Later I ask how did you know we would fit? How did you know it wouldn’t just end in the middle of the field? and he grins. I didn’t.

Dancing Girl Press

I love the work that Kristy selects, and I’m honored to be part of the 2010 selection.  My chapbook Experiments in Light and Ether should be coming out in the summer, and I’ll give more details as I know them.  In the meantime, check out Dancing Girl Press.  Right now you can get 5 books for $20, which is quite the steal.  I suggest Kate Durbin! Sarah Gardner is also wonderful… you really just can’t go wrong with any of the DGP selections.

And I’m feeling good.

Snow is currently blanketing the East Coast, but you couldn’t know it by looking at the weather in Seattle.  It was a brilliantly sunny day today, tempered by a bit of clouds and a light drizzle towards the end.  It isn’t spring yet, but it feels like we’re at a cusp of sorts.  Or maybe it’s just me.

I’ve had a few people tell me recently that my blog is sad.  I don’t mean it to be, and I was a bit surprised that I’d come across as such.  I find so much beauty in the world, and so much joy.  I don’t discount the difficulties, but I am not overwhelmed by them.  Maybe I agree with Melville, “…there is no quality in this world that is not what it is merely by contrast. Nothing exists in itself. If you flatter yourself that you are all over comfortable, and have been so a long time, then you cannot be said to be comfortable anymore.”  I embrace what is difficult or painful because it makes the joyous things that much more vivid.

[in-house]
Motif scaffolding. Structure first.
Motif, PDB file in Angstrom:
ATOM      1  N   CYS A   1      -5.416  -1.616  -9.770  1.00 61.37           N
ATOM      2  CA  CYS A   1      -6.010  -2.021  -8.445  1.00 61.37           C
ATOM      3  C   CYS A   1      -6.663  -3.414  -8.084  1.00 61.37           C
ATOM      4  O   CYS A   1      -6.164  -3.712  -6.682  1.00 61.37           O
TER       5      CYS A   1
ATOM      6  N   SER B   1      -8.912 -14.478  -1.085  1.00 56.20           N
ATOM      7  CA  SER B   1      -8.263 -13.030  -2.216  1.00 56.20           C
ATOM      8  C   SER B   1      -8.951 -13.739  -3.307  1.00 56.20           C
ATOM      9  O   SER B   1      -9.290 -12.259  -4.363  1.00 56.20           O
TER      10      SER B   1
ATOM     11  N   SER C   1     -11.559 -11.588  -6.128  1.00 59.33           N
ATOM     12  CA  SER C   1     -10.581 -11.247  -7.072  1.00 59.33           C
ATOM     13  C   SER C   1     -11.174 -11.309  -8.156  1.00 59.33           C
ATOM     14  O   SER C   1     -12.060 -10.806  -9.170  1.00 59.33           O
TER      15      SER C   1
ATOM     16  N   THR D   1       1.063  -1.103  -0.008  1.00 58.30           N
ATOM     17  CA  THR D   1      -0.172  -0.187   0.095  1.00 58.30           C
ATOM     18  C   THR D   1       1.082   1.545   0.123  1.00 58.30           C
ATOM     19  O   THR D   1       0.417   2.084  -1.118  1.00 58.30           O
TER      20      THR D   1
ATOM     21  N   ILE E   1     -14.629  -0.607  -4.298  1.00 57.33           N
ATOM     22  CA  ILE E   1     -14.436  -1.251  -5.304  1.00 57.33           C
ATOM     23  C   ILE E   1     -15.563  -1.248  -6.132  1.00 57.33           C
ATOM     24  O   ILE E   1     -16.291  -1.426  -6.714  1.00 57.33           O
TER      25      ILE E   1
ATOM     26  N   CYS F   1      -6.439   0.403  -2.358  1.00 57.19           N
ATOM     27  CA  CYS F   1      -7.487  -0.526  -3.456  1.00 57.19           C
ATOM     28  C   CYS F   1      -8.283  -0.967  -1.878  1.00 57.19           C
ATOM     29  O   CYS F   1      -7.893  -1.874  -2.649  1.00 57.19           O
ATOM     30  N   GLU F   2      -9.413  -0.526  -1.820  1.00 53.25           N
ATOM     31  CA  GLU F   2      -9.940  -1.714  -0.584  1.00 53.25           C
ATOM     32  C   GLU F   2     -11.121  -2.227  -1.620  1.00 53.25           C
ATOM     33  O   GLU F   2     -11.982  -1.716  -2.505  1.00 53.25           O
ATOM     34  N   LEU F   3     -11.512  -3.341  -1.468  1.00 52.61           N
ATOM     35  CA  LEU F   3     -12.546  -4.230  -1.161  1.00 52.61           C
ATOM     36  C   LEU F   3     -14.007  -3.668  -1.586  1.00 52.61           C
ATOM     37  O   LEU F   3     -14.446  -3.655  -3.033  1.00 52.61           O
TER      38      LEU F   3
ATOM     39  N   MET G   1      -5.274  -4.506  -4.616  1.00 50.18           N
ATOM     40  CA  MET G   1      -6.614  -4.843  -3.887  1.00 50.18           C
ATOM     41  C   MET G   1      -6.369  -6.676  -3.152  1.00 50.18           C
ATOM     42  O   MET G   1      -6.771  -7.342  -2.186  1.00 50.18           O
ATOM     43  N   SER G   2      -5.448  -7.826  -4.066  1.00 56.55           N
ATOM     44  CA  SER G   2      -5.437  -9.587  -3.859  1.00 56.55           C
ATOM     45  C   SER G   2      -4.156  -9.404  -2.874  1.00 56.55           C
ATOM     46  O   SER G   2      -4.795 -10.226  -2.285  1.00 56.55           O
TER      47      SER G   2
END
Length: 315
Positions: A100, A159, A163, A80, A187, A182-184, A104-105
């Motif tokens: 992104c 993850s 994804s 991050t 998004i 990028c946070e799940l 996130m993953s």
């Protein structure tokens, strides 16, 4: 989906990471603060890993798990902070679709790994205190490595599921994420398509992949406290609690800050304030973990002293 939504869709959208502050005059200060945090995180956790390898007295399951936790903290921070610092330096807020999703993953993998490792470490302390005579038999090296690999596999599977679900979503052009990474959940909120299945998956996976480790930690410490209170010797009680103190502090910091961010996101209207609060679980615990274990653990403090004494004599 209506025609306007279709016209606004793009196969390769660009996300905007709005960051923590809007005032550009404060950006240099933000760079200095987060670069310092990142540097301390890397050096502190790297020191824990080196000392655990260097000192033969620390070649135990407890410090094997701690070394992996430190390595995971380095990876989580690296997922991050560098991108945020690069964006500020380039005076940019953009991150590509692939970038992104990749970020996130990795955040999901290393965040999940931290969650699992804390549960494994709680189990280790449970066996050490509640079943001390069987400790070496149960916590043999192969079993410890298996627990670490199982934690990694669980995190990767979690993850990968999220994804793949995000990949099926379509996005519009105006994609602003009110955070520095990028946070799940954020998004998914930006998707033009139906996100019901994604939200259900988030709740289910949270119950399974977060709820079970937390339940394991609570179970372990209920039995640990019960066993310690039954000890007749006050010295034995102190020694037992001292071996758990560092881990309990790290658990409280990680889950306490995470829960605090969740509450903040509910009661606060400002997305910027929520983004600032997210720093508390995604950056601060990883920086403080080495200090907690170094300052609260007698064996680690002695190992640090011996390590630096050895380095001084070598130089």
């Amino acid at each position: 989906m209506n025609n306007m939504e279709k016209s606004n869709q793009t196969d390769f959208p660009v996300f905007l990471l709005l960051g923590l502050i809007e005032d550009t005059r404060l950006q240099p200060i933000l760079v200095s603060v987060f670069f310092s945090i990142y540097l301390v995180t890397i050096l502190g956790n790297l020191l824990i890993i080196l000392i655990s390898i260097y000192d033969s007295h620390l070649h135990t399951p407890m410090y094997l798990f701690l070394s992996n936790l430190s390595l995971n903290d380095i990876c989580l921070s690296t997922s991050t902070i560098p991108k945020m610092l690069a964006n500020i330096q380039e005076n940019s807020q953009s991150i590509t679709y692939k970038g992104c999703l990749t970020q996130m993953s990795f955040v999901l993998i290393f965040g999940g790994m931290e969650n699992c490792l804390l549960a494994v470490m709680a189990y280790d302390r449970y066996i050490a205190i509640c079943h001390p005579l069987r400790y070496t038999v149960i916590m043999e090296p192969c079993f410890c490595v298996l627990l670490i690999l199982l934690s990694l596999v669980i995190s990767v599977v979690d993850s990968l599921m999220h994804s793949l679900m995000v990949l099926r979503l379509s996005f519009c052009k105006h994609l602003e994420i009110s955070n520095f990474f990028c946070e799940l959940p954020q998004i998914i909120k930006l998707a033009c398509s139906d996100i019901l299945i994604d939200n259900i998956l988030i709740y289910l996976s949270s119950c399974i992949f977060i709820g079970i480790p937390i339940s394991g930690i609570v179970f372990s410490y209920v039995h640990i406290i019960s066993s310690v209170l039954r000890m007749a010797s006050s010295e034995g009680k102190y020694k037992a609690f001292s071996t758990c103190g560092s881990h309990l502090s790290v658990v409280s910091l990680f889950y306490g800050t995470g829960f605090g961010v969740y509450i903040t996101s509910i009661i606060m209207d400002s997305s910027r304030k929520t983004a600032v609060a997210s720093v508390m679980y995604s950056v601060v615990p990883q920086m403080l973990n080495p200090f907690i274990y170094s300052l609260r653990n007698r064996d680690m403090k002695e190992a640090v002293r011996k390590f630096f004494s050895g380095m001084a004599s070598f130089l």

So here is a list of things for February that make me smile, because I laugh easily and often, and I don’t know that I say that enough.

Book Club, with C. P., W. B., and A. B.  When you have found a group of friends that think it’s cool to re-read Moby Dick, even though that isn’t the book for the week, you know you are lucky.  When that group also gets together every two weeks to discuss poetry and craft and writing and book stores and the finer points of gelato….

International Travel. Though I won’t be going anywhere, I get to share my city this month with a friend I wasn’t sure I’d see again.

Dancing. Thank you Tost, for having funk on Thursday nights. Thank you Seamonster, for having funk on Fridays. Thank you kitchen for having a floor that is easy to spin on and speakers for playing music I can’t help but move to. Thank you house mates for dancing with me and letting the music play loudly.

Photo booths. A certifiable weakness, I will spend the three dollars without fail, and walk away happy every time, especially with good friends crammed in beside me.

To conclude, here is something to make you (dear reader!) smile. I take myself seriously, I know.  But that does not mean I’m afraid to laugh at myself as well.